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Mar 12, 2002  •  Post A Comment

Posted Tuesday, March 12, at 10:45 a.m. (PT); last updated at 2:20 p.m.

Senate Commerce to review Bush’s merger-review decision

A Senate panel has launched a “formal review” of a new Bush administration policy that removes the Federal Trade Commission from the process of evaluating the antitrust and competitive implications of media mergers. The FTC has long divided the responsibility with the Justice Department, which now has sole authority in this area.

The Senate Commerce Committee, headed by Sen. Ernest Hollings, D-S.C., notified the agencies Monday of its plans. The panel is seeking additional information about a “memorandum of agreement” reached by the agencies that modifies the government’s policies for scrutinizing mergers across several industries. Sen. Hollings has complained that Congress was never informed about the changes until they were about to be announced.

Global broadcast of ‘9/11’ set for anniversary: A worldwide broadcast of “9/11” is set for Sept. 11, 2002, the one-year anniversary of the terrorist attacks that destroyed the World Trade Center.

International broadcasters already committed to the airing include BBC1 in Britain and RAI in Italy, as well as major networks in France and Germany.

The two-hour documentary focusing on New York City firefighters who responded to the Sept. 11 terrorist attacks originally aired domestically March 10 on CBS to both high ratings and excellent critical notices.

The broadcast will be a “global event,” reaching approximately 80 percent of the world’s TV viewers, said Ben Silverman, the agent who represents the Naudet brothers, the two documentarians who were filming New York Fire Department’s Engine 7 and Ladder 1 on the day the terrorists struck. Mr. Silverman brokered the original CBS deal and arranged the worldwide rebroadcast.

CBS may be aboard for the rebroadcast as well. CBS’s “9/11” deal gives it the right to a second airing, a network spokesman confirmed. A rebroadcast on Sept. 11 is “under consideration,” but no rebroadcast date has as yet been determined, the spokesman said.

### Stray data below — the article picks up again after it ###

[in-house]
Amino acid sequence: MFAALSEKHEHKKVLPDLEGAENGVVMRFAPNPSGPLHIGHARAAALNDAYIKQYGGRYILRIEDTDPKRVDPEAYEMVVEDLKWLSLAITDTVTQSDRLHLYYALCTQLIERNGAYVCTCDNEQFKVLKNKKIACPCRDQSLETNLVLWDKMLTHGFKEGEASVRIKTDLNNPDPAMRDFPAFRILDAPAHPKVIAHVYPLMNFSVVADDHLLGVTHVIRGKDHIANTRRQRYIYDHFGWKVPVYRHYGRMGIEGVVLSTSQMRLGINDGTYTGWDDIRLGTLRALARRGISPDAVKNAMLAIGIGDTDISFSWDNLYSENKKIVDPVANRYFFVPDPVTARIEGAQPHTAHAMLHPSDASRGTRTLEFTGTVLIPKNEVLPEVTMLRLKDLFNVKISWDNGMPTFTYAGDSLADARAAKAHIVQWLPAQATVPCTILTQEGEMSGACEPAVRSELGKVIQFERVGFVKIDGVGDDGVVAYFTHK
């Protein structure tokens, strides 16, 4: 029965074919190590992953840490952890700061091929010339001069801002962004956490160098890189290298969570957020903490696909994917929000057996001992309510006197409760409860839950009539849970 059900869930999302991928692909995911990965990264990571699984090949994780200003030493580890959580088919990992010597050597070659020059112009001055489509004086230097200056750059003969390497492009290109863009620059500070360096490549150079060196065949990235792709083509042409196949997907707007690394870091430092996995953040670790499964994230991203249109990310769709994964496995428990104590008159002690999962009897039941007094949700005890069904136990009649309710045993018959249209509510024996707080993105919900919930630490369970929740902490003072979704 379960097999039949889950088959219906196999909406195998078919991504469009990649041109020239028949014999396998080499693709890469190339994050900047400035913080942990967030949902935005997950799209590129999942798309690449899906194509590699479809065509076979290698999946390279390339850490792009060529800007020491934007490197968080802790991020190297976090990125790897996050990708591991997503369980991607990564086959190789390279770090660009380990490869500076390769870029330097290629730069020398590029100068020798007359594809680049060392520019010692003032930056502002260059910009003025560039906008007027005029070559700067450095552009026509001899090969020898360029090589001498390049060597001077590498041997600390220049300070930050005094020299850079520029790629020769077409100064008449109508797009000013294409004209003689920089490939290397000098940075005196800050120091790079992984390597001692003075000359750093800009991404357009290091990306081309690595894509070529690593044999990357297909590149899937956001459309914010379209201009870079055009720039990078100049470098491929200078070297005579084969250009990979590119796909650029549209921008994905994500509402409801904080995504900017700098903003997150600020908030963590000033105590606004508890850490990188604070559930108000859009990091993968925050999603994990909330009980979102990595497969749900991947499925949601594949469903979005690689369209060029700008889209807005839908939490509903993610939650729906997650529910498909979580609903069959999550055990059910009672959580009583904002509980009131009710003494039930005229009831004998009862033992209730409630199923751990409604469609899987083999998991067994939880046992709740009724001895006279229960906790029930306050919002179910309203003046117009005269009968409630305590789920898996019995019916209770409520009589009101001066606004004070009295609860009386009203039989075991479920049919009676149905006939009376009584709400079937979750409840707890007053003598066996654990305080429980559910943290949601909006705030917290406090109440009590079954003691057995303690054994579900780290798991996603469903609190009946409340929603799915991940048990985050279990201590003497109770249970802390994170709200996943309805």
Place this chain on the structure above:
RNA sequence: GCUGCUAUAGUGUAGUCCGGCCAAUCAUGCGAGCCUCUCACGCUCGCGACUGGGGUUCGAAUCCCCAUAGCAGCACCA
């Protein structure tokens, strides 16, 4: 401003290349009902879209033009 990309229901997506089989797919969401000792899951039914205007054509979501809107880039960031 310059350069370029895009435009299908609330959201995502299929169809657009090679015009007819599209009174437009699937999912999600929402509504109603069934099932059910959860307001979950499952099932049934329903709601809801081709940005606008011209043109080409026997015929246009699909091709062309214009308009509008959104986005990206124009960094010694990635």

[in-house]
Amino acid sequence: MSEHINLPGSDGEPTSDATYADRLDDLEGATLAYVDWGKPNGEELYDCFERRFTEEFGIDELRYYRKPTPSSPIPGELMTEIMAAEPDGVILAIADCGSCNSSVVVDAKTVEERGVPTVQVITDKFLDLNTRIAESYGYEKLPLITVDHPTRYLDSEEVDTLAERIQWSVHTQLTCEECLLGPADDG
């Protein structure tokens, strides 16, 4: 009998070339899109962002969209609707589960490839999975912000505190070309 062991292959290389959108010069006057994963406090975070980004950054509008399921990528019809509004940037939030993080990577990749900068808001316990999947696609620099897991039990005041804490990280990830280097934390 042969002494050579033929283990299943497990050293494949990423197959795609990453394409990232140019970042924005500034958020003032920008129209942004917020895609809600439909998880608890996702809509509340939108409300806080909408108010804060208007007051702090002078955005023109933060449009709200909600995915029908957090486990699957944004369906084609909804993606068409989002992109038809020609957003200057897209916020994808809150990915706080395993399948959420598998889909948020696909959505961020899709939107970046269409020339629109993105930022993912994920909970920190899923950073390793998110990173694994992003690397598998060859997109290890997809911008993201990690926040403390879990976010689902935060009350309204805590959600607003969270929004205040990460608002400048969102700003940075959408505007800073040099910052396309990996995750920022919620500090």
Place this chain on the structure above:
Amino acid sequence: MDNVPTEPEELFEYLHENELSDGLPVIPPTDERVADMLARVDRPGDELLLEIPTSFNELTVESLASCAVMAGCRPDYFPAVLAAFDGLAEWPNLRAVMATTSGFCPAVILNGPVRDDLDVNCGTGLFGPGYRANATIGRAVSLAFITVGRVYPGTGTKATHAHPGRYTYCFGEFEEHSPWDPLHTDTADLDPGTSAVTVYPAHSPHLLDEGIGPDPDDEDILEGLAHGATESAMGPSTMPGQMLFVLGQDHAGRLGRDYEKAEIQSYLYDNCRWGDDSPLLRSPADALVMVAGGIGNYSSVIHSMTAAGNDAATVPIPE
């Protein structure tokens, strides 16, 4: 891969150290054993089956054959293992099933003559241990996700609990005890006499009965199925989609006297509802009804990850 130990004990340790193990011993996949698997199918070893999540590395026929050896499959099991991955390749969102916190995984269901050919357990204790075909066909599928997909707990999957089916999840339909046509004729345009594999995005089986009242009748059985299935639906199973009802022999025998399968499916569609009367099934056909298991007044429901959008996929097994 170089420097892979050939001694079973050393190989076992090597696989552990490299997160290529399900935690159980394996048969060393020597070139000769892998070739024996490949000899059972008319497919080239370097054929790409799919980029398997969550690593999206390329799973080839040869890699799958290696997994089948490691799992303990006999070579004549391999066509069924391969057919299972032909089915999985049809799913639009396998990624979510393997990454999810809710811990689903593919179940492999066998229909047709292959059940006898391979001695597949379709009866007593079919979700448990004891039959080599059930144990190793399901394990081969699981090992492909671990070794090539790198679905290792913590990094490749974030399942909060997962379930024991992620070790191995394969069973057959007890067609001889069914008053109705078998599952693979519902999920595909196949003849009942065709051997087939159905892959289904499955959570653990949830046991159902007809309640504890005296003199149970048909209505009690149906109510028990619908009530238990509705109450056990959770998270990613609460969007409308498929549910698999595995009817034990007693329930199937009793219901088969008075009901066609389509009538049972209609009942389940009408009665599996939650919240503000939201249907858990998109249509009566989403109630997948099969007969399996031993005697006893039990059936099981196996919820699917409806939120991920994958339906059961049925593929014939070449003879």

The worldwide rebroadcast “will be the same film with some localization,” Mr. Silverman said. “In moments where there is maybe CBS Radio voice-over in the North American film, we will use BBC Radio voice-over or RAI Radio voice-over” in those markets.

The “9/11” rebroadcast will be on public networks in the majority of the international markets, Mr. Silverman said, so there is no international commercialization issue, and there will be charitable appeals at the end of the broadcast.

Mr. Silverman this week announced the formation of his own New York-based production company, Reveille, backed by Vivendi Universal and by USA Entertainment’s CEO Michael Jackson.

‘9/11’ boosts CBS’s week: Closing the week of March 10 with its successful “9/11” documentary — which scored a season-high viewer level for a non-sports special — CBS was the only broadcast network to post week-to-week growth, coming within a tenth of rating point from front-running NBC in adults 18 to 49.

Also boosted by strong young demo scores from “Survivor: Marquesas” and “CSI: Crime Scene Investigation,” CBS posted a second-ranked 4.8 rating/9 share average in adults 18 to 49, according to final Nielsen Media Research national data. CBS moved up 4 percent from its previous week’s prime-time average in adults 18 to 49 (4.7/12) while NBC’s top-ranked 4.9/13 was down 7 percent from the week ending March 3 (5.3/14).

Overall, CBS’s “9/11” documentary, airing at 9 p.m. to 11 p.m. (ET) Sunday, March 10, emerged as the top-ranked program for the week in adults 18 to 49 (16.2/34), households (22.3/33) and total viewers (39.0 million), as well as taking every demographic set from NBC’s perennially top-ranked “Friends” sitcom. Aside from “9/11,” CBS also placed “CSI” (9.6/23), “Survivor IV” (9.4/23) and “Everybody Loves Raymond” (7.8/18) within the top 10 prime-time shows among adults 18 to 49.

For the 24th week of the 2001-02 season, CBS was also first for the 14th time this season in households (9.4/15) and total viewers (14.5 million).

As for the other networks in adults 18 to 49, Fox’s 3.6/9 was down 5 percent from the previous week, followed by ABC’s 2.8/7 (down 13 percent), UPN’s 1.5/4 (down 17 percent) and The WB’s 1.4/3 (down 14 percent).

NBC’s super-sized celeb ‘Fear Factor’ steals top Monday ratings: NBC got a super-sized, 90-minutes ratings bonanza out of a celebrity edition of “Fear Factor” Monday night, helping the Peacock Network to an easy win of the adults 18 to 49 demographics for the evening.